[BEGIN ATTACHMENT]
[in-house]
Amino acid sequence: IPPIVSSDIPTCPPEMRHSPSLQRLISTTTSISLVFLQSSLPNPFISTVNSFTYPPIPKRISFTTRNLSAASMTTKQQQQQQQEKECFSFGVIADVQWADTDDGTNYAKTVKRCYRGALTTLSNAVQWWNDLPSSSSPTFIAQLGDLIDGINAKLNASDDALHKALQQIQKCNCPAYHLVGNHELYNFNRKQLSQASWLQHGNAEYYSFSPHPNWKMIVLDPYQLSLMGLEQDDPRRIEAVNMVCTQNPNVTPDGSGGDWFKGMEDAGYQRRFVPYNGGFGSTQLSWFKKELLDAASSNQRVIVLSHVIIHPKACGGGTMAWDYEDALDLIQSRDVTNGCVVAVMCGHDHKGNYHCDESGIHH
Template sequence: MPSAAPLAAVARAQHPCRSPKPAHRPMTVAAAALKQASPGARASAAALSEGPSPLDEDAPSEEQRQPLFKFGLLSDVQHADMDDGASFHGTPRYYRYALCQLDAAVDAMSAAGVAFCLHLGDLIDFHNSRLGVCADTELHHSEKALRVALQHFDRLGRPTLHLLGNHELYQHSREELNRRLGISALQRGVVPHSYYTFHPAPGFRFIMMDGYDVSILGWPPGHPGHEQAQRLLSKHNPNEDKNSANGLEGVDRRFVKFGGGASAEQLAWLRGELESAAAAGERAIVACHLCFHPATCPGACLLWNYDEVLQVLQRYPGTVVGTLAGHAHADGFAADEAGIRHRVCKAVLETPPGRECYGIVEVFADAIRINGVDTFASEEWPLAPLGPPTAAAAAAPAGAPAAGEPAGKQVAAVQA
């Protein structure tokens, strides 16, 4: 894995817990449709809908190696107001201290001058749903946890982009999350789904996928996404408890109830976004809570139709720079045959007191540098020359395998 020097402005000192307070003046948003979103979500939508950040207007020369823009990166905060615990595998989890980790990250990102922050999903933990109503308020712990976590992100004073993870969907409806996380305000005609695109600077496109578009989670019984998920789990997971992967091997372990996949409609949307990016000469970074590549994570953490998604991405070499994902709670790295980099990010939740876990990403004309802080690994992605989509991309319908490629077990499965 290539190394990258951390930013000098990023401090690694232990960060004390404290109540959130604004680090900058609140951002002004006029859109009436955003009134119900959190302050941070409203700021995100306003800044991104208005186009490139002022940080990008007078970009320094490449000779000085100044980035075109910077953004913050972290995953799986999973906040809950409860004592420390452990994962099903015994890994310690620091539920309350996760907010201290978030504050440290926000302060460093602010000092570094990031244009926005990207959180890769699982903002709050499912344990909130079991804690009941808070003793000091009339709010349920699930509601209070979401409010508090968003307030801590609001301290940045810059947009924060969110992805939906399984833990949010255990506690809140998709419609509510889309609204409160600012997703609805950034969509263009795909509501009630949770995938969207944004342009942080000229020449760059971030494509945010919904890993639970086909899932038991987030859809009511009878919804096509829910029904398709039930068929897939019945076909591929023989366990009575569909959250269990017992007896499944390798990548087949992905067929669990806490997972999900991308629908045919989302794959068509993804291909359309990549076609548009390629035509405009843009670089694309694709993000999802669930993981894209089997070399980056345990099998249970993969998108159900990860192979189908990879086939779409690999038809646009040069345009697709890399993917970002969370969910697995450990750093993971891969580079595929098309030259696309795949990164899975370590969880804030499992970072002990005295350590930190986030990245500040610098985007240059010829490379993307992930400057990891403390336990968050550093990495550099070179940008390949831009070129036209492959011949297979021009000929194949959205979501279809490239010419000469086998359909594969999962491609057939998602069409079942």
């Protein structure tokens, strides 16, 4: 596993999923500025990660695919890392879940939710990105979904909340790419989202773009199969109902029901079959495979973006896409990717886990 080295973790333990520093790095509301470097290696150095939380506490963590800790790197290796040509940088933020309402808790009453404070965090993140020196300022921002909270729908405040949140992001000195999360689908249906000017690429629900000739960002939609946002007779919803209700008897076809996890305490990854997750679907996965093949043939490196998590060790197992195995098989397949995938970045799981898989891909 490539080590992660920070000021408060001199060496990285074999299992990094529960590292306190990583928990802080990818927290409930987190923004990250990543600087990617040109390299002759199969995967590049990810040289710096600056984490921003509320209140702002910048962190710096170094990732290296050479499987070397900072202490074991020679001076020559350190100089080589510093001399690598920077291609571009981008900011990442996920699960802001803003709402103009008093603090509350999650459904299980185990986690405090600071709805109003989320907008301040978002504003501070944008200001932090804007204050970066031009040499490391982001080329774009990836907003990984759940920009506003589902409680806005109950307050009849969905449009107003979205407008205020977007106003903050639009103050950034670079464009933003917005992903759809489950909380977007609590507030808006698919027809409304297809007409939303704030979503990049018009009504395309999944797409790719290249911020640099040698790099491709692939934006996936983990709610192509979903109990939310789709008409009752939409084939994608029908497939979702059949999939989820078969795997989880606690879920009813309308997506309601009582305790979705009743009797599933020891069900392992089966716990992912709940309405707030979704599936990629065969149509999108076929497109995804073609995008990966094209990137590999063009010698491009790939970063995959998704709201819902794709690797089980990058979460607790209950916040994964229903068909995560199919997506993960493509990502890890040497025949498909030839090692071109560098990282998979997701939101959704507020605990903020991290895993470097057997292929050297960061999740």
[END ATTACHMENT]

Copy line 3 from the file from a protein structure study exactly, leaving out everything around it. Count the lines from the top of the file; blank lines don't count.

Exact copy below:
Template sequence: MPSAAPLAAVARAQHPCRSPKPAHRPMTVAAAALKQASPGARASAAALSEGPSPLDEDAPSEEQRQPLFKFGLLSDVQHADMDDGASFHGTPRYYRYALCQLDAAVDAMSAAGVAFCLHLGDLIDFHNSRLGVCADTELHHSEKALRVALQHFDRLGRPTLHLLGNHELYQHSREELNRRLGISALQRGVVPHSYYTFHPAPGFRFIMMDGYDVSILGWPPGHPGHEQAQRLLSKHNPNEDKNSANGLEGVDRRFVKFGGGASAEQLAWLRGELESAAAAGERAIVACHLCFHPATCPGACLLWNYDEVLQVLQRYPGTVVGTLAGHAHADGFAADEAGIRHRVCKAVLETPPGRECYGIVEVFADAIRINGVDTFASEEWPLAPLGPPTAAAAAAPAGAPAAGEPAGKQVAAVQA